Thursday, December 23, 2021


 Every Christmas this card of thanks arrives, even as the numbers of cards I get dwindle because of e-mail, COVID and the circle of friends,  family and former colleagues shrinks because of the relentless calendar.

M. Luong it says in neat letters, and I wonder again if this is how Manh learned to print in engineering school back in South Vietnam before he fled with his family as Canada welcomed the boat people in 1979.

It is not merely a Christmas card but a magic carpet ride to a time that Canada and Sun readers should celebrate because we put aside the bickering of life to reach across the seas to rescue tens of thousands in a jungle ruined by war.

Luong is 80 now, his wife is 75, and the daughter who talks for them from their Scarborough home and drives 10 minutes each week to do their shopping was only nine when I found them along with her brother in an old military camp in Hong Kong that had been abandoned by the army.

The 43 boat people that I found on a crowded island far out from Malaysia in the South China Sea and in Hong Kong are scattered through the country that was one of the world's leaders in response to their plight. Contacts with each other have faded with years, and also with the Edmonton and Toronto Sun readers who contributed $300,000 to my columns to support them for a year

I took the Luong children and seven other kids to Bowmore Rd. school and the principal pooh-poohed the fact that they had not even a scrap of credentials and said he and the teachers would cope. It was not necessary for me to arm myself with the presence of the school board's vice chairman, Mary Fraser.

The school introduced them to the magical stories of Christmas. When I arrived to their battered home to tell them of Santa, there already was a tree.

It didn't all go in storybook fashion. The city inspectors said I had jammed too many people into the home. I phoned Art Eggleton, my friend who was the mayor, to yell at him, but nothing happened. Then Sun publisher Doug Creighton, with kindness that matched his smarts, said the readers had sent in enough money, and if they hadn't, the business office could scrounge. So I rented another house.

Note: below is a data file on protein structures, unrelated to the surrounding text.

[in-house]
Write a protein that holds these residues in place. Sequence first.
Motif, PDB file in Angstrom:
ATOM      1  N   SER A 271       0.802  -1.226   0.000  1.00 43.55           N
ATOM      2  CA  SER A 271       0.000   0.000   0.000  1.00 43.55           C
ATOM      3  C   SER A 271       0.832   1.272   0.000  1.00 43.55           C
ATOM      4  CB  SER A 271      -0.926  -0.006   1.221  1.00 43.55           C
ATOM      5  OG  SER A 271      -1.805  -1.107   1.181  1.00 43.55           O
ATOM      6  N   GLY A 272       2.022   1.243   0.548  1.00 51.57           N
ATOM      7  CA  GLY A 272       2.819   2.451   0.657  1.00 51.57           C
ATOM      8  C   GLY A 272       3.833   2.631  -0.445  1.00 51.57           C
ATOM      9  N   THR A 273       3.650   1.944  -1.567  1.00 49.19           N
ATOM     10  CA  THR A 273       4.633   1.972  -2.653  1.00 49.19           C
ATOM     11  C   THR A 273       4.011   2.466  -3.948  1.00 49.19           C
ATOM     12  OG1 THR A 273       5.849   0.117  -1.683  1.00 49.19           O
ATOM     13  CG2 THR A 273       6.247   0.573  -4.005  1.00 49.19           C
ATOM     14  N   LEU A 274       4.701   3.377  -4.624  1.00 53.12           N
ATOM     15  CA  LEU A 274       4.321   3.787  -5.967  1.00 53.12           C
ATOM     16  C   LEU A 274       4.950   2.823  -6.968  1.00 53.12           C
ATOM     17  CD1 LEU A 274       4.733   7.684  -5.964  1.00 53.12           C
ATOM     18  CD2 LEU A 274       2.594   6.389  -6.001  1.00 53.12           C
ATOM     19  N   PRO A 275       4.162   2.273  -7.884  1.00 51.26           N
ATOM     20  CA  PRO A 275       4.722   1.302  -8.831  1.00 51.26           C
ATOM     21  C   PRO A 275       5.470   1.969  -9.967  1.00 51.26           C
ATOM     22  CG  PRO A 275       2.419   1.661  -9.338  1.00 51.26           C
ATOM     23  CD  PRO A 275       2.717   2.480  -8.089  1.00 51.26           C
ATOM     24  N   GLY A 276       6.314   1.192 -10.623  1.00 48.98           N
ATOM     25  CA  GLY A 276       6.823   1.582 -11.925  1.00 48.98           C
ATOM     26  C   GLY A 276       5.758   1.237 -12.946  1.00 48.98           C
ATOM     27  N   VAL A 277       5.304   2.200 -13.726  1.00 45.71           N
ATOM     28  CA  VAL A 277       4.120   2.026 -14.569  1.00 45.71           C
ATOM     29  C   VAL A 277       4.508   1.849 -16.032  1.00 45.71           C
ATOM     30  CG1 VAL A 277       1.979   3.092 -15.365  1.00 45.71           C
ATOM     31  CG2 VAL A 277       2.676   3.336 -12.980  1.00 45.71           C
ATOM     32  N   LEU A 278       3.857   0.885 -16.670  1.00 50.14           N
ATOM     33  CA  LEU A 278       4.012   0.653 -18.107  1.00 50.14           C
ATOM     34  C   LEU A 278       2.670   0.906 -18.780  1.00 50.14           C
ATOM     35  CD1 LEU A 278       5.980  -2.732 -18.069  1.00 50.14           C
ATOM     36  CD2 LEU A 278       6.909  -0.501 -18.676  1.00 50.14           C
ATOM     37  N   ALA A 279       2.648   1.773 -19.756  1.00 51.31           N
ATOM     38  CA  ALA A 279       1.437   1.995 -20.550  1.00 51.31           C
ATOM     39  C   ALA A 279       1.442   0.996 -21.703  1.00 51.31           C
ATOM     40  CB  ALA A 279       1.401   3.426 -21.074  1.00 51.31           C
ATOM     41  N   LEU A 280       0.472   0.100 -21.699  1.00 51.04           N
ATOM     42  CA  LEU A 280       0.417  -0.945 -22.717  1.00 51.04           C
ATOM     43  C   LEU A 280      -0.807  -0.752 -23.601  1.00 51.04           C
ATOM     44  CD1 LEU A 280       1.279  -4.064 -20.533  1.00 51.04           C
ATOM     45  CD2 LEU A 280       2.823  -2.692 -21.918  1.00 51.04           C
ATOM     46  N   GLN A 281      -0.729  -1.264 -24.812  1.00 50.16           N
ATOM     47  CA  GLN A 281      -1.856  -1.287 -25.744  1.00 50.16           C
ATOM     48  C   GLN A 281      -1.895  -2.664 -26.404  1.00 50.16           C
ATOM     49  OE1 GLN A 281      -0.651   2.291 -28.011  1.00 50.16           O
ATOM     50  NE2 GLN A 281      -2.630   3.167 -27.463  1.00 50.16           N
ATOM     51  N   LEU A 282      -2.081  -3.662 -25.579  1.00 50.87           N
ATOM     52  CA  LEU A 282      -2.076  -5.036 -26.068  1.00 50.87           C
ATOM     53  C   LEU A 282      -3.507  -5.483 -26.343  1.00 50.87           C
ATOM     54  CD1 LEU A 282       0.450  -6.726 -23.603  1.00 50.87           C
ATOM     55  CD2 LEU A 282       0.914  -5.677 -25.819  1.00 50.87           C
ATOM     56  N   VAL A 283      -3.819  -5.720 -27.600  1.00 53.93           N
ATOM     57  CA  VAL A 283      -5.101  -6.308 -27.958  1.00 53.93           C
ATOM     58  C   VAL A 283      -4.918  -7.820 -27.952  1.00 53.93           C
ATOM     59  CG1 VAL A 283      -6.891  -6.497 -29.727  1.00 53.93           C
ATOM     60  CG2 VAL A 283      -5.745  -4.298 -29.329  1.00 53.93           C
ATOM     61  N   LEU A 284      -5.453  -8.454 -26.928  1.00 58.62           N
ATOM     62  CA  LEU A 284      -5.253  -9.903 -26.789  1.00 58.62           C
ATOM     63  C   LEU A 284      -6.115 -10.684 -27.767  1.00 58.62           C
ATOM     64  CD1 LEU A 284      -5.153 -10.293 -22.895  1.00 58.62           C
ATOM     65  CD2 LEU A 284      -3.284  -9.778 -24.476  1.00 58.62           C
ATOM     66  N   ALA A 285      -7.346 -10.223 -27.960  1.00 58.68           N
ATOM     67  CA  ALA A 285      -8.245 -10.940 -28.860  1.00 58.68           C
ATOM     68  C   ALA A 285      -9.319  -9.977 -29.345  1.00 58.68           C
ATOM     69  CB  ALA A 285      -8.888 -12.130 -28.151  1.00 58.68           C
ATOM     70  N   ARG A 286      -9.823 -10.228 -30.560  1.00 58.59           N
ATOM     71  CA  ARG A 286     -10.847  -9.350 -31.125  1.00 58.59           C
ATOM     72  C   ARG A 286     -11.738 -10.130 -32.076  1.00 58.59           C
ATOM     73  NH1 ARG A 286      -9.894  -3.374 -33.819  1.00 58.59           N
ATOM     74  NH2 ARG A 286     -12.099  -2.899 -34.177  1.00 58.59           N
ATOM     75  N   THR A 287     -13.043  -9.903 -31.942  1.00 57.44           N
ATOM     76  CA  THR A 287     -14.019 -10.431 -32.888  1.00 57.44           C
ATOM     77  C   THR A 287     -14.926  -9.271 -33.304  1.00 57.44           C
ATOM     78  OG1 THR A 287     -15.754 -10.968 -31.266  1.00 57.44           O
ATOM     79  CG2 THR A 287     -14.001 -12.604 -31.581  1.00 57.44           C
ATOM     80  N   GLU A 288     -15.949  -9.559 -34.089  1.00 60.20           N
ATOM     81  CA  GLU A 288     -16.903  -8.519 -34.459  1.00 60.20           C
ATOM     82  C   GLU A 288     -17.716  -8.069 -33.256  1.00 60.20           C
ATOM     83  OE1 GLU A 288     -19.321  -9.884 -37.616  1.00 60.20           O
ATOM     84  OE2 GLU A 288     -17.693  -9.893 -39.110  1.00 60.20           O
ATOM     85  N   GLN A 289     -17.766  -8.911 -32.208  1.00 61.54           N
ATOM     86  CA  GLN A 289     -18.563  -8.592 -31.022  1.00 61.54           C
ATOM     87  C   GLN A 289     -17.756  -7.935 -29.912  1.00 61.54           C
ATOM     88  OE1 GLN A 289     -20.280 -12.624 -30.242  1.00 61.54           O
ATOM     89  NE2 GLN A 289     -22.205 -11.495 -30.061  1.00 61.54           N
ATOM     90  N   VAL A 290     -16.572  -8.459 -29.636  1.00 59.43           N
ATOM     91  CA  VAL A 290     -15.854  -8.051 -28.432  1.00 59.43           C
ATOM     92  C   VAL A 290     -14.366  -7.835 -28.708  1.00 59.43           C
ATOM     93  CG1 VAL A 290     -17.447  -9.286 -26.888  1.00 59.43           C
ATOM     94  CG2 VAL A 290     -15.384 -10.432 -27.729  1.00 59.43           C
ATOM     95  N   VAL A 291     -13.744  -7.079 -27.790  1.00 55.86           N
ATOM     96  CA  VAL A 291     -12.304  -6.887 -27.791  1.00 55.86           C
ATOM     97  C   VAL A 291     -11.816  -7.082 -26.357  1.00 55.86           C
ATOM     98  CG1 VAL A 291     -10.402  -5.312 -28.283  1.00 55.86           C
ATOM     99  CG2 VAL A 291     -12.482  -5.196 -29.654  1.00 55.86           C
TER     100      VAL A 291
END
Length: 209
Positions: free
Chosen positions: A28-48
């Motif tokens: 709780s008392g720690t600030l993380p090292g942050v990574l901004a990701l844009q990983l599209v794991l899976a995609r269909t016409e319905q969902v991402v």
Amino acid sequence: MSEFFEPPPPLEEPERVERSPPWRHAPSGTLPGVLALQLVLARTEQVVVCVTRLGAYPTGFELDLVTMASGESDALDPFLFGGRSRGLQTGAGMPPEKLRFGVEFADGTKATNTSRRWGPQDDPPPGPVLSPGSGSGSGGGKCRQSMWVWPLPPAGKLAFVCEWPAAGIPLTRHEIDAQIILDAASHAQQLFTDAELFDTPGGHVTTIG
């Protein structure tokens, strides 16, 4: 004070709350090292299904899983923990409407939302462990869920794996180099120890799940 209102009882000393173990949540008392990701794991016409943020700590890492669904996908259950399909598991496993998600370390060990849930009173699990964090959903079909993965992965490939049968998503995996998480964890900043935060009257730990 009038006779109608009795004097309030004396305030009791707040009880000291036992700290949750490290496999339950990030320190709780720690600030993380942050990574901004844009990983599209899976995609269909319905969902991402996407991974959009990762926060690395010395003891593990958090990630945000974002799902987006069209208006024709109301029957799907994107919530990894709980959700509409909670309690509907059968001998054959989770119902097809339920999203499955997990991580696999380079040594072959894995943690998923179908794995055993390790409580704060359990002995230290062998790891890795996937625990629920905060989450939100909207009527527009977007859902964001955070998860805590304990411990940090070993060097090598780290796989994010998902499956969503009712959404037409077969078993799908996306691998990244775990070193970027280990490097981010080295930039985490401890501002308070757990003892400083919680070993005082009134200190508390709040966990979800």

I purposely kept a very loose vigil on their doings. They had left behind death so columnists should give them some slack, even though there were squabbles to be fought when bureaucracy overflowed.

So now the cards is my only memento of the country being nice, along with the staff of the Edmonton and Toronto Sun. Our good will was fuelled by our readers and their dollars.

There was one wonderful moment years ago when a lovely lady now cared for by the Edmonton Sun asked me to her wedding. I met her on the island of Pulau Bidong, reached by a UN-chartered fishing boat that had to run the gauntlet of Malaysian gun boats. She had been a very sick 16-year-old propped up in the corner of a hut made from branches and used plastic wrapping paper. I plodded through questions while the humid heat over 100F made me dizzy. Sun photographer Norm Betts, so tough he.usually chewed nails instead of gum, said he had to leave so he could rest on the beach and not faint. I promised the father I would take them to Canada but they had to let her lie down.

I was too busy to go to her wedding, damn it. But I have the gracious memory to go along with that card from M. Luong which comes each December even as my mail bag shrinks.